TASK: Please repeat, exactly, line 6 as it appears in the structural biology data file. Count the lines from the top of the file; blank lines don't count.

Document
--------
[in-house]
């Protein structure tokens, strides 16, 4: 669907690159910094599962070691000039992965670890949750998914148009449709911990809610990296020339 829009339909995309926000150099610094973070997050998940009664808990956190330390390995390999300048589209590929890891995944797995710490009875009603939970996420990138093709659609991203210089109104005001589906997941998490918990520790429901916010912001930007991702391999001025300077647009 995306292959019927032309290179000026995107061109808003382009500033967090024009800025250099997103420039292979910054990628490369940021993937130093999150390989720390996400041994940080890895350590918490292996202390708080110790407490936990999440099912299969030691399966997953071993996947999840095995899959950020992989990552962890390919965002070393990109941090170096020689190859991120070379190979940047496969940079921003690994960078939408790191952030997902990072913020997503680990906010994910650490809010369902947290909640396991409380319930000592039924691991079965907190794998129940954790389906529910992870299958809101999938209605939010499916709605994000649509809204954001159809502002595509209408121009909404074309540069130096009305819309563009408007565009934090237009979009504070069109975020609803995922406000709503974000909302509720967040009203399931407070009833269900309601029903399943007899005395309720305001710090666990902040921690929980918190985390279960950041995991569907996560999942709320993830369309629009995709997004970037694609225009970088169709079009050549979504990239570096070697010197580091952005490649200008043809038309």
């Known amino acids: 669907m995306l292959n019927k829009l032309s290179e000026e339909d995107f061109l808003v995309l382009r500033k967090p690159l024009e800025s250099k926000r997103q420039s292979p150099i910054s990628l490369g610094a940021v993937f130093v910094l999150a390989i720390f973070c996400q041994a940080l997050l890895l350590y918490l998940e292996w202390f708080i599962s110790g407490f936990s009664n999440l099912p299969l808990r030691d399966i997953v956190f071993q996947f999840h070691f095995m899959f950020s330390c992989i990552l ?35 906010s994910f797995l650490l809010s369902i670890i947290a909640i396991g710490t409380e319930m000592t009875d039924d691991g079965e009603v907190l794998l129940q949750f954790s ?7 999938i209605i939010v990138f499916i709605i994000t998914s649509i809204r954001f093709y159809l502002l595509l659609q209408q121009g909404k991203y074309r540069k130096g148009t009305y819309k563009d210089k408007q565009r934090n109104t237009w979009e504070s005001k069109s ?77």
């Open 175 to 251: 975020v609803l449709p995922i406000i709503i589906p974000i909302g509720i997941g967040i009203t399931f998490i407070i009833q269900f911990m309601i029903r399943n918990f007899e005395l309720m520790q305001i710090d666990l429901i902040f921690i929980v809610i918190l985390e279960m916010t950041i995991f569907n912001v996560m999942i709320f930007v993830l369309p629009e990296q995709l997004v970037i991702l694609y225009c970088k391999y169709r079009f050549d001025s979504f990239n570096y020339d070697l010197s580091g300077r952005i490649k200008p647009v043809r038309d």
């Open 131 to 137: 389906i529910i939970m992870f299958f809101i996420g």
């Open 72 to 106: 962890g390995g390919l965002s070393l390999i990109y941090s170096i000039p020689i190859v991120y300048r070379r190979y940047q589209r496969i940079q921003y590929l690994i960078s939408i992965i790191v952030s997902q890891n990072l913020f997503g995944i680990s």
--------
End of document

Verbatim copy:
């Open 72 to 106: 962890g390995g390919l965002s070393l390999i990109y941090s170096i000039p020689i190859v991120y300048r070379r190979y940047q589209r496969i940079q921003y590929l690994i960078s939408i992965i790191v952030s997902q890891n990072l913020f997503g995944i680990s």